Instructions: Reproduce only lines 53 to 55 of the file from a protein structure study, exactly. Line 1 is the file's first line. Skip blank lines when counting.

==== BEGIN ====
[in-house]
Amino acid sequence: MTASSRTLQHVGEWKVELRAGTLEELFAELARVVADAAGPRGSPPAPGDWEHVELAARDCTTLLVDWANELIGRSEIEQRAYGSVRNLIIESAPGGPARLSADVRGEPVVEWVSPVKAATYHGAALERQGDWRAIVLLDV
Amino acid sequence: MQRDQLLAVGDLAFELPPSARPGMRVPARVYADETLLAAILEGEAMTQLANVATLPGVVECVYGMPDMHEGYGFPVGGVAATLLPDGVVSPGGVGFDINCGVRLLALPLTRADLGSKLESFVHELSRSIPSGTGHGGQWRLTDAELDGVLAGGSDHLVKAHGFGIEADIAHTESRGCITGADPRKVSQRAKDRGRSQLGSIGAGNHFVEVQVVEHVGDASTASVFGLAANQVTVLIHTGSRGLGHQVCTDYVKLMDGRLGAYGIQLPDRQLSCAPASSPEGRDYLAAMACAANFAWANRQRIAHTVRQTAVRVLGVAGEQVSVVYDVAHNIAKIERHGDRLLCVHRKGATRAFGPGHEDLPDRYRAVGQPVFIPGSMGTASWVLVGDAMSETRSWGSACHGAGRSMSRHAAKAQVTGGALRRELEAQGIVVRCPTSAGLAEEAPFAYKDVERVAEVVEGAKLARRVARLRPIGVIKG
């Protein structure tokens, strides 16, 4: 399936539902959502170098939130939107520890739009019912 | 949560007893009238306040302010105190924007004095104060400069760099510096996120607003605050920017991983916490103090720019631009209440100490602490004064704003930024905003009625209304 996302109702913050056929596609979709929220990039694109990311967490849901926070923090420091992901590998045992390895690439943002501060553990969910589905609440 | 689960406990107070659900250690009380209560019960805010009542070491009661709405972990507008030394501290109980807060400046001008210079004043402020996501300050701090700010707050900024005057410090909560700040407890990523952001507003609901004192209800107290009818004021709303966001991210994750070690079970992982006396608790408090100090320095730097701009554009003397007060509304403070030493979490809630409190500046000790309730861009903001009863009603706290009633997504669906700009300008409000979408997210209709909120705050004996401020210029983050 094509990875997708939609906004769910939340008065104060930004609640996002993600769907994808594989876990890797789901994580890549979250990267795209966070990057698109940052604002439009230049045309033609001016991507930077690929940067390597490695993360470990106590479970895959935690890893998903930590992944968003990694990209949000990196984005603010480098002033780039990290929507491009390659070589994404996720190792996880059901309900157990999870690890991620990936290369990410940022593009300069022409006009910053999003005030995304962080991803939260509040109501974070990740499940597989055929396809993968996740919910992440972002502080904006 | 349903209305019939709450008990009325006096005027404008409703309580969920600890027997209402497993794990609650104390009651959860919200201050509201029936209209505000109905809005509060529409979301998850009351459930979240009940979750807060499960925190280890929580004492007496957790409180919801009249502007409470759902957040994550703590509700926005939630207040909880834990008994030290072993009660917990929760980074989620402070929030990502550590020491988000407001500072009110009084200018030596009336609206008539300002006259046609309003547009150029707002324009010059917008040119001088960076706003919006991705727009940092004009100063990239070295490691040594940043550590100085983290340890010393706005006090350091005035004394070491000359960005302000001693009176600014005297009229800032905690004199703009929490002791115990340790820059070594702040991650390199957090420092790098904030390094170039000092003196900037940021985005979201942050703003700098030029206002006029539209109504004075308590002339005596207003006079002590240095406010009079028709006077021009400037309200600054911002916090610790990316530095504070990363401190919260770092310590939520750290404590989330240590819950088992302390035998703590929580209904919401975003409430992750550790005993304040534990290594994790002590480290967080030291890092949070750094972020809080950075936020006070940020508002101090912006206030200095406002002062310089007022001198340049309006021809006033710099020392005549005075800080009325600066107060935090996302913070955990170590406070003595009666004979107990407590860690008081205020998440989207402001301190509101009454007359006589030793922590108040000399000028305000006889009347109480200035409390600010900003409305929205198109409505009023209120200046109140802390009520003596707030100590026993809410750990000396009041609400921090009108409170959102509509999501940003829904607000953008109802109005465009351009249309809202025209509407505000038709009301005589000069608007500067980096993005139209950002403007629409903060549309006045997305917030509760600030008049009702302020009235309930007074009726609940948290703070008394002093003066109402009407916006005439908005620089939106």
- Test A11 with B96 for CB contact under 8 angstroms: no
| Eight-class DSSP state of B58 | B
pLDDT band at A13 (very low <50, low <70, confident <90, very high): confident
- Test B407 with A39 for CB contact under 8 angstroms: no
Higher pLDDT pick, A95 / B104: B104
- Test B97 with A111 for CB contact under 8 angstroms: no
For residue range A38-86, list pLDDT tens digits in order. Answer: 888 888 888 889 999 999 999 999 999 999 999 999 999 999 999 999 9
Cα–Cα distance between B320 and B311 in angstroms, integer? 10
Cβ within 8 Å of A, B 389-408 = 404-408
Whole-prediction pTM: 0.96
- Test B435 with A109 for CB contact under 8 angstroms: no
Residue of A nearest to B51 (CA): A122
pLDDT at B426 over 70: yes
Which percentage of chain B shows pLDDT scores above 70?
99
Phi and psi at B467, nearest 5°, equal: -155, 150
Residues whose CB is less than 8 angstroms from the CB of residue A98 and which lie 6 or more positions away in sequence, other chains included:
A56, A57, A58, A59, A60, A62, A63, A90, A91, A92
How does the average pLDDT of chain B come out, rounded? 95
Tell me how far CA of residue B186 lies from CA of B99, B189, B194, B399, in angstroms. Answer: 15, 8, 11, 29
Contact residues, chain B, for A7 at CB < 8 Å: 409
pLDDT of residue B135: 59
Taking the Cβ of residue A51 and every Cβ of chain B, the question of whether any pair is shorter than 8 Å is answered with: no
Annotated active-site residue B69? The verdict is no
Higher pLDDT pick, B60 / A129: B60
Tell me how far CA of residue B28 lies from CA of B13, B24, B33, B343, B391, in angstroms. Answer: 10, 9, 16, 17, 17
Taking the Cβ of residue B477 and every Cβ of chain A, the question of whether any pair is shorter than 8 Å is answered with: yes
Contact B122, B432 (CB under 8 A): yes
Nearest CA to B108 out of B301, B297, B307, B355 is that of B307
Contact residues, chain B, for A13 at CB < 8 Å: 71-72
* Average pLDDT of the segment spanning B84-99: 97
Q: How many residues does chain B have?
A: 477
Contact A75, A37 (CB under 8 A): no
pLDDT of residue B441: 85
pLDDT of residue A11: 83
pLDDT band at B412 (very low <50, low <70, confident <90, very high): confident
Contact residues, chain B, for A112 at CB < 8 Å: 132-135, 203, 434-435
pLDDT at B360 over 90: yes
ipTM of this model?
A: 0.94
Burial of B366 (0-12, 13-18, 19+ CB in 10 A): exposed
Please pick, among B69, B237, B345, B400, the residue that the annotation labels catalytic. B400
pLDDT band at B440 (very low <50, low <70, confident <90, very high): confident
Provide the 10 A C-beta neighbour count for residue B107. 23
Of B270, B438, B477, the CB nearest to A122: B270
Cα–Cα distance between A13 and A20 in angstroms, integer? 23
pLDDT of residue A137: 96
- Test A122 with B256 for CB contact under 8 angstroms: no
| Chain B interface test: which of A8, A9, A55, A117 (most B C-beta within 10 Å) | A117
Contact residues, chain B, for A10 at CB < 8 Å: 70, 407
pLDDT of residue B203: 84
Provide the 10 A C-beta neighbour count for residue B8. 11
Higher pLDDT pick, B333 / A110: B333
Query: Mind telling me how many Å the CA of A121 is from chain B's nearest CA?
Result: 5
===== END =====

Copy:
- Test A122 with B256 for CB contact under 8 angstroms: no
| Chain B interface test: which of A8, A9, A55, A117 (most B C-beta within 10 Å) | A117
Contact residues, chain B, for A10 at CB < 8 Å: 70, 407